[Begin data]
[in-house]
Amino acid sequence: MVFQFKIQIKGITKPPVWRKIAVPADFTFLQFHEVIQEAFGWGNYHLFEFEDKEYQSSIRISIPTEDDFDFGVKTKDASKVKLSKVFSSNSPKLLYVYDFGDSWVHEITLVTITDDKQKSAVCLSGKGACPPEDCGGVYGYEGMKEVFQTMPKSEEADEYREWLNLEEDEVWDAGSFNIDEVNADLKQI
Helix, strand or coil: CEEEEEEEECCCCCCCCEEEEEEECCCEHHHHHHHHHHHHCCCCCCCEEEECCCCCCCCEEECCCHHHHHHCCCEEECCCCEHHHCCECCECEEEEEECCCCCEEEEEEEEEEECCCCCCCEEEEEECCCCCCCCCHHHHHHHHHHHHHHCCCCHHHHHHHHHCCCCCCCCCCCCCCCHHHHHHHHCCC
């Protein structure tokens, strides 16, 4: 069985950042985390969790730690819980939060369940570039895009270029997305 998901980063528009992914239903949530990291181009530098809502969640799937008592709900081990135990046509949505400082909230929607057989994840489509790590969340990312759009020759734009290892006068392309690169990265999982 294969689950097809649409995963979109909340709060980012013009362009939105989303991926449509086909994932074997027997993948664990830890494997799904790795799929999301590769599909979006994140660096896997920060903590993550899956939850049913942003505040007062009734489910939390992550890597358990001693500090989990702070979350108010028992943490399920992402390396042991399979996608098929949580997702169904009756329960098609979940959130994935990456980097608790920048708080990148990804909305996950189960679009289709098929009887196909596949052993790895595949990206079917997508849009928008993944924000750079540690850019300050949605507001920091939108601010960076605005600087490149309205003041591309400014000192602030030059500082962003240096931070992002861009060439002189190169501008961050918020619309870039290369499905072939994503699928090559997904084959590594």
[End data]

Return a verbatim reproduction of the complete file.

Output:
[in-house]
Amino acid sequence: MVFQFKIQIKGITKPPVWRKIAVPADFTFLQFHEVIQEAFGWGNYHLFEFEDKEYQSSIRISIPTEDDFDFGVKTKDASKVKLSKVFSSNSPKLLYVYDFGDSWVHEITLVTITDDKQKSAVCLSGKGACPPEDCGGVYGYEGMKEVFQTMPKSEEADEYREWLNLEEDEVWDAGSFNIDEVNADLKQI
Helix, strand or coil: CEEEEEEEECCCCCCCCEEEEEEECCCEHHHHHHHHHHHHCCCCCCCEEEECCCCCCCCEEECCCHHHHHHCCCEEECCCCEHHHCCECCECEEEEEECCCCCEEEEEEEEEEECCCCCCCEEEEEECCCCCCCCCHHHHHHHHHHHHHHCCCCHHHHHHHHHCCCCCCCCCCCCCCCHHHHHHHHCCC
């Protein structure tokens, strides 16, 4: 069985950042985390969790730690819980939060369940570039895009270029997305 998901980063528009992914239903949530990291181009530098809502969640799937008592709900081990135990046509949505400082909230929607057989994840489509790590969340990312759009020759734009290892006068392309690169990265999982 294969689950097809649409995963979109909340709060980012013009362009939105989303991926449509086909994932074997027997993948664990830890494997799904790795799929999301590769599909979006994140660096896997920060903590993550899956939850049913942003505040007062009734489910939390992550890597358990001693500090989990702070979350108010028992943490399920992402390396042991399979996608098929949580997702169904009756329960098609979940959130994935990456980097608790920048708080990148990804909305996950189960679009289709098929009887196909596949052993790895595949990206079917997508849009928008993944924000750079540690850019300050949605507001920091939108601010960076605005600087490149309205003041591309400014000192602030030059500082962003240096931070992002861009060439002189190169501008961050918020619309870039290369499905072939994503699928090559997904084959590594």